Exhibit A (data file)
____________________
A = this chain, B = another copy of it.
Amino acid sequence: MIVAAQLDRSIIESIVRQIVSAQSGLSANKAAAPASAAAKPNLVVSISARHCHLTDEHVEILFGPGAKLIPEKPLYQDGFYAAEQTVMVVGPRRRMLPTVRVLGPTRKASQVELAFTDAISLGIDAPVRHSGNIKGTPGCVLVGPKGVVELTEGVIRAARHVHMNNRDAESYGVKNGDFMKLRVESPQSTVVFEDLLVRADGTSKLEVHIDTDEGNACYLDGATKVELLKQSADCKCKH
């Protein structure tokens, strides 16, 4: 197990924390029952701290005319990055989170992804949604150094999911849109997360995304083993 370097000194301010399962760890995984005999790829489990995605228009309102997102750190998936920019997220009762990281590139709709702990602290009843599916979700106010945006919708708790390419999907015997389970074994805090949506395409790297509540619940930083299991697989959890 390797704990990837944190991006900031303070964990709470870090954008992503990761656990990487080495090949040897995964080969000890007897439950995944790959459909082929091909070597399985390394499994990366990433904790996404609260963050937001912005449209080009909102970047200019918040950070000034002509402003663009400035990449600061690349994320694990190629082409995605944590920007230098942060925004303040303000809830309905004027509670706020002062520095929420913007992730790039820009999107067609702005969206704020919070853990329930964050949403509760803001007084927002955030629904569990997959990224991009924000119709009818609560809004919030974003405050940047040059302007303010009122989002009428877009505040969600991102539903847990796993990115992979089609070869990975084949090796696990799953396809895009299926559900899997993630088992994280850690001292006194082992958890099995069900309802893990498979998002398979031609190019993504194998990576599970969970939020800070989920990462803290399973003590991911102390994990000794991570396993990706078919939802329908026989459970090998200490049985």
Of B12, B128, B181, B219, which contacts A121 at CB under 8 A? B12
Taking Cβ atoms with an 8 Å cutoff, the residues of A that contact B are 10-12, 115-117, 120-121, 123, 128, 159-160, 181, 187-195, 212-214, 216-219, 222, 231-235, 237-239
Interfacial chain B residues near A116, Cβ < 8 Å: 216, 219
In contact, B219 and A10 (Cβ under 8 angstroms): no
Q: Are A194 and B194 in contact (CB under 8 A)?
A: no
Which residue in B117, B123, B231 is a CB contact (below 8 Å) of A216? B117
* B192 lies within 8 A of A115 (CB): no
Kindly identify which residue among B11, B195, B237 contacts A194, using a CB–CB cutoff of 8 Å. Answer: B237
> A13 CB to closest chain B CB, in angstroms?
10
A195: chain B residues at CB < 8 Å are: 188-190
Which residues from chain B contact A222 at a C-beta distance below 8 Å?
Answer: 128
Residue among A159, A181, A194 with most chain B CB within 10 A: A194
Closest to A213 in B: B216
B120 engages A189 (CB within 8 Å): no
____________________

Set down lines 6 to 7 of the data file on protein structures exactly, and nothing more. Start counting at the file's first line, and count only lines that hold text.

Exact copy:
Interfacial chain B residues near A116, Cβ < 8 Å: 216, 219
In contact, B219 and A10 (Cβ under 8 angstroms): no